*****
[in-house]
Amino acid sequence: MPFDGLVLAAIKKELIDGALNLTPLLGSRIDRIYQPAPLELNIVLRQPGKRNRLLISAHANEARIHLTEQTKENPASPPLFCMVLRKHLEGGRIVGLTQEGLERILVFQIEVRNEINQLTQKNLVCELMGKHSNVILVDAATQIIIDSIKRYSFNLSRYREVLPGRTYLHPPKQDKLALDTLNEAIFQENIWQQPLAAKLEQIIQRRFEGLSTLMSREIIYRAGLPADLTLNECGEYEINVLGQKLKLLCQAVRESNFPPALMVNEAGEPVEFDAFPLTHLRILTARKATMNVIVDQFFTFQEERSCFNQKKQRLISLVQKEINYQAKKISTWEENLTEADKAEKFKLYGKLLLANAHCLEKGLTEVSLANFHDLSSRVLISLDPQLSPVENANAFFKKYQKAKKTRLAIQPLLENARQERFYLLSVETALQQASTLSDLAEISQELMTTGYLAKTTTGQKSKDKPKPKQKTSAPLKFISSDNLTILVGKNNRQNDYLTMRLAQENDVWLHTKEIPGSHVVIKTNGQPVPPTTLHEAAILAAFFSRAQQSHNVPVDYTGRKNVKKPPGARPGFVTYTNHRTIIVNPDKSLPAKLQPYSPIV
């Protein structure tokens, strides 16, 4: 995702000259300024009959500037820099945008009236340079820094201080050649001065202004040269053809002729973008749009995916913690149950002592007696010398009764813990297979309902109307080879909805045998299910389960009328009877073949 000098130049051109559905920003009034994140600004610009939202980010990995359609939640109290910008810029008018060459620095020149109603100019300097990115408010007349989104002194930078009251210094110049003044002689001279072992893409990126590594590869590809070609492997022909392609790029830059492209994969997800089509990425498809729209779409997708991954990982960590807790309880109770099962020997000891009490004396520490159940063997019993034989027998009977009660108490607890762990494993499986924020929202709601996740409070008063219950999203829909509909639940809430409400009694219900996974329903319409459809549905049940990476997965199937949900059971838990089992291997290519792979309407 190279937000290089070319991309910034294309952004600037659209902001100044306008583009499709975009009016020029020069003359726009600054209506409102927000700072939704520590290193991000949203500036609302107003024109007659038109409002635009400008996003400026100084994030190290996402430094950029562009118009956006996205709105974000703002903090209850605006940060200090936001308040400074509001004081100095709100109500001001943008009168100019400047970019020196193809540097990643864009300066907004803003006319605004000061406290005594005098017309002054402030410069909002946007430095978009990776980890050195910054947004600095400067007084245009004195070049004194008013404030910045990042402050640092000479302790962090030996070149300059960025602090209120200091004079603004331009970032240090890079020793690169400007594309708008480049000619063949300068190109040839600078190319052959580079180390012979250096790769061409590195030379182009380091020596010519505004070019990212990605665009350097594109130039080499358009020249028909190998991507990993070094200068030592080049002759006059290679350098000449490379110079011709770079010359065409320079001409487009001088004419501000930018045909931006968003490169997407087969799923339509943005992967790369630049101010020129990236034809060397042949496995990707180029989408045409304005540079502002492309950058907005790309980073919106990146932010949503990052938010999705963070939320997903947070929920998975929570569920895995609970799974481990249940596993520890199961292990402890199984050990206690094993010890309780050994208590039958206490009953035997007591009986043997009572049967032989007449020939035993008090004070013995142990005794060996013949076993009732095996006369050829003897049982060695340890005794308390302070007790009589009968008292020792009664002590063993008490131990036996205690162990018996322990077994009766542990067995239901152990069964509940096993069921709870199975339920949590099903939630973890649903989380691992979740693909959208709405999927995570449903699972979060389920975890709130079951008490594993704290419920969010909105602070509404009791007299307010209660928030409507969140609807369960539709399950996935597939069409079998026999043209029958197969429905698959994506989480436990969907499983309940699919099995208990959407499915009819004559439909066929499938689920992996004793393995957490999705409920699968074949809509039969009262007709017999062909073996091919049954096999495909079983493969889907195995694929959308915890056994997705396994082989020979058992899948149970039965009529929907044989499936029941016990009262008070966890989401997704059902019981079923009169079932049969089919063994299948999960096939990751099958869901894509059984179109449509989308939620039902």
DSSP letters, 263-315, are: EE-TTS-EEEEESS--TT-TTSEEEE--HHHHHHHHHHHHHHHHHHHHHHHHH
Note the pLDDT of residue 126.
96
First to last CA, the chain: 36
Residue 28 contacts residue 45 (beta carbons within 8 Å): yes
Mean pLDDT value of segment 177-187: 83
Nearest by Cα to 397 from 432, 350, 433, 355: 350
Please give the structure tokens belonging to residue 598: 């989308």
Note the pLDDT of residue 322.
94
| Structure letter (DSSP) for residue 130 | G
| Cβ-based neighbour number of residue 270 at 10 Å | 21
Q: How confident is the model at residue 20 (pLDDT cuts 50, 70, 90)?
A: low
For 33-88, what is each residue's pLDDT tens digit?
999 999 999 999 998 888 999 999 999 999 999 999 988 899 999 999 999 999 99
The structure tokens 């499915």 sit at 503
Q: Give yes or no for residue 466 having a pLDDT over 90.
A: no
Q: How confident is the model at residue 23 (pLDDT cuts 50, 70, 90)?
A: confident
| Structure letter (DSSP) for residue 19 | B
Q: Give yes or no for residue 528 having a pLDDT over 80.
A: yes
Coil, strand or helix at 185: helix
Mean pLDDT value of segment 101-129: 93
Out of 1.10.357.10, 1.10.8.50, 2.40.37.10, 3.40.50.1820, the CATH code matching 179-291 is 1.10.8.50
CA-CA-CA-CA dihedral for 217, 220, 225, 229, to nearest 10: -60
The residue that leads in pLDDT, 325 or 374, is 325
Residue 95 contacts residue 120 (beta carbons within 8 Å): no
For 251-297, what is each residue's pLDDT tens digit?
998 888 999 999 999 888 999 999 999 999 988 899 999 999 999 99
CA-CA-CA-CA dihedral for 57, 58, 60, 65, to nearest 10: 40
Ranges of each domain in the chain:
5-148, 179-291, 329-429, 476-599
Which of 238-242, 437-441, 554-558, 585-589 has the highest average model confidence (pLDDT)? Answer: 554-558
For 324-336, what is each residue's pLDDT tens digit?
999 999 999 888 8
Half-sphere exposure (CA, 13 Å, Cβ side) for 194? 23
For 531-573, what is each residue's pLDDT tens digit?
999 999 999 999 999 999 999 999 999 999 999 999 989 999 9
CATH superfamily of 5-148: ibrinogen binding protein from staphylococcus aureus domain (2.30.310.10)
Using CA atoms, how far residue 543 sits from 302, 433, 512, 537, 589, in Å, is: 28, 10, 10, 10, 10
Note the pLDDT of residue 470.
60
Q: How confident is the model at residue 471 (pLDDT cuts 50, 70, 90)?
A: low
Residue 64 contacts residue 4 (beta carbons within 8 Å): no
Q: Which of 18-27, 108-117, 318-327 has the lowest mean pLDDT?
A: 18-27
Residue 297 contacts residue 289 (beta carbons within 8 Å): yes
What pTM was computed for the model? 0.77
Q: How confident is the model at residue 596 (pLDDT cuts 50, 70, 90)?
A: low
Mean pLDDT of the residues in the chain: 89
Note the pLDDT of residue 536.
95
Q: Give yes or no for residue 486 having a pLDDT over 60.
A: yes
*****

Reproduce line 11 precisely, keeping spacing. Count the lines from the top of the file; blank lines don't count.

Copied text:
Please give the structure tokens belonging to residue 598: 């989308």